Keywords: Optimal Income Taxation, Public-good provision, Laer-Curve
    JEL: D82 H21 H41
    Date: 2010–05
  8. By: Felix Bierbrauer (Max Planck Institute for Research on Collective Goods, Bonn)
    Abstract: We study how an optimal income tax and an optimal public-goods provision rule respond to preference and productivity shocks. A conventional Mirrleesian treatment is shown to provoke manipulations of the policy mechanism by individuals with similar interests. We therefore extend the Mirrleesian model so as to include a requirement of coalition-proofness. The main results are the following: first, the possibility of preference shocks yields a new set of collective incentive constraints. Productivity shocks have no such implication. Second, the optimal policy gives rise to a positive correlation between the public-goods provision level, the extent of redistribution and marginal tax rates.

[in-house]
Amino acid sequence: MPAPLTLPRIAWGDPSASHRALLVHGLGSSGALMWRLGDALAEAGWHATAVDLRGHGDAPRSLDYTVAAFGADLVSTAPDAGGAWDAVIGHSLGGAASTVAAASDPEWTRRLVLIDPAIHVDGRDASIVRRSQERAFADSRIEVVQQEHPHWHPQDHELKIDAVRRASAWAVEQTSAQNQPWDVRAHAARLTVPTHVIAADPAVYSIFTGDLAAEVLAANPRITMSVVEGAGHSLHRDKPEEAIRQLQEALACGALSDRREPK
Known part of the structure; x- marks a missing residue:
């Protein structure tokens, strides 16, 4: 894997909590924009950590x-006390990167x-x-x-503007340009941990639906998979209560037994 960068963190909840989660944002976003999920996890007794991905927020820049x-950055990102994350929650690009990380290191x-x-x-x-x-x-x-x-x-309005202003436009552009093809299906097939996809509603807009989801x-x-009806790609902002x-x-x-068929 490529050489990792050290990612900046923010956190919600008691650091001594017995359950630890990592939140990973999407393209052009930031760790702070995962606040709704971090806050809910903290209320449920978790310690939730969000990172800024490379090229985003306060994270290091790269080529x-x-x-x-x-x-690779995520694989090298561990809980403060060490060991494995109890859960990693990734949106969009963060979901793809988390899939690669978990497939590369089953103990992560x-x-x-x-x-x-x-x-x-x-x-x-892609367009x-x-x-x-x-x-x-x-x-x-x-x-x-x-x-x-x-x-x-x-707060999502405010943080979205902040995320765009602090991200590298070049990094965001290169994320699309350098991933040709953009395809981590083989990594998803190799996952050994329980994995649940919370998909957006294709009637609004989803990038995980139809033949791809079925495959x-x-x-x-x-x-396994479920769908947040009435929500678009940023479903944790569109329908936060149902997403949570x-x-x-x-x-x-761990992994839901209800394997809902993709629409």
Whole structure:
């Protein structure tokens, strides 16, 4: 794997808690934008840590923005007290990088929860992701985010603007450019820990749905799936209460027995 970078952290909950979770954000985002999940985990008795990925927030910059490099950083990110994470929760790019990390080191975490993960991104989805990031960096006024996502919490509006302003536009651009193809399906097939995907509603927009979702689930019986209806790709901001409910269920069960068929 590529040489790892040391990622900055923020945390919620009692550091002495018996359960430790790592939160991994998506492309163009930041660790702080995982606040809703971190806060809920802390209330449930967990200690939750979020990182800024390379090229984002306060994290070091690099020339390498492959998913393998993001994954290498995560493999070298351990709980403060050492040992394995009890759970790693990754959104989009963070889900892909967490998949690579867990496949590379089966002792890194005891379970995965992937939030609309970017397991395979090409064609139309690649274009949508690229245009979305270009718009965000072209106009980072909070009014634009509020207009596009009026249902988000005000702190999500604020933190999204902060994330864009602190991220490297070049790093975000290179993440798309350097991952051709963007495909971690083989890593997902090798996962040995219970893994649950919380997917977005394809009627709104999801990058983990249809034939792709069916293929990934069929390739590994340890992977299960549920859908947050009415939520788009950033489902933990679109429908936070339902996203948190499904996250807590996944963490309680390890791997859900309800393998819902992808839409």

Keywords: Public Goods, Optimal Taxation, Mechanism Design
    JEL: D71 D82 H21 H41
    Date: 2010–05